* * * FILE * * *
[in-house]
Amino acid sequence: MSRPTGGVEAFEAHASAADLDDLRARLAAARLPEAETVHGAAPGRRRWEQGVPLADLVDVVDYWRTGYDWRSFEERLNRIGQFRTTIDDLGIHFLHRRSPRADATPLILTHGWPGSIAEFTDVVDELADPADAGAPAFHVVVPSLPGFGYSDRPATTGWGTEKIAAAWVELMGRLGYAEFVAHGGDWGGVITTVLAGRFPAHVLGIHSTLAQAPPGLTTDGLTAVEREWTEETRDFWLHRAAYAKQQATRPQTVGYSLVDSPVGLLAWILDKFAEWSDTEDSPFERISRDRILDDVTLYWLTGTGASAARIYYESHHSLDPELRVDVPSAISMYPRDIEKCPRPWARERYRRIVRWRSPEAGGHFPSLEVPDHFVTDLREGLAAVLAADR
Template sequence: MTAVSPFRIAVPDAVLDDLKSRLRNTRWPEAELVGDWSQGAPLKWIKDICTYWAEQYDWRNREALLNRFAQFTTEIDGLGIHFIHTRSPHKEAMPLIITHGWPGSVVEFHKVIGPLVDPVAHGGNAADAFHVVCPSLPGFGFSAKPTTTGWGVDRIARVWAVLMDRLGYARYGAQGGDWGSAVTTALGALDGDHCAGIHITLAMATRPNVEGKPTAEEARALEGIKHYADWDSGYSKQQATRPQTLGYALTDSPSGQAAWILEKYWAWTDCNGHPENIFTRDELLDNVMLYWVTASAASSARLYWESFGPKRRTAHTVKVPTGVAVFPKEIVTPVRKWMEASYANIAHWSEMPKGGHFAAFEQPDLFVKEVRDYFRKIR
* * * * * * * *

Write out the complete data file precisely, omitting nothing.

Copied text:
[in-house]
Amino acid sequence: MSRPTGGVEAFEAHASAADLDDLRARLAAARLPEAETVHGAAPGRRRWEQGVPLADLVDVVDYWRTGYDWRSFEERLNRIGQFRTTIDDLGIHFLHRRSPRADATPLILTHGWPGSIAEFTDVVDELADPADAGAPAFHVVVPSLPGFGYSDRPATTGWGTEKIAAAWVELMGRLGYAEFVAHGGDWGGVITTVLAGRFPAHVLGIHSTLAQAPPGLTTDGLTAVEREWTEETRDFWLHRAAYAKQQATRPQTVGYSLVDSPVGLLAWILDKFAEWSDTEDSPFERISRDRILDDVTLYWLTGTGASAARIYYESHHSLDPELRVDVPSAISMYPRDIEKCPRPWARERYRRIVRWRSPEAGGHFPSLEVPDHFVTDLREGLAAVLAADR
Template sequence: MTAVSPFRIAVPDAVLDDLKSRLRNTRWPEAELVGDWSQGAPLKWIKDICTYWAEQYDWRNREALLNRFAQFTTEIDGLGIHFIHTRSPHKEAMPLIITHGWPGSVVEFHKVIGPLVDPVAHGGNAADAFHVVCPSLPGFGFSAKPTTTGWGVDRIARVWAVLMDRLGYARYGAQGGDWGSAVTTALGALDGDHCAGIHITLAMATRPNVEGKPTAEEARALEGIKHYADWDSGYSKQQATRPQTLGYALTDSPSGQAAWILEKYWAWTDCNGHPENIFTRDELLDNVMLYWVTASAASSARLYWESFGPKRRTAHTVKVPTGVAVFPKEIVTPVRKWMEASYANIAHWSEMPKGGHFAAFEQPDLFVKEVRDYFRKIR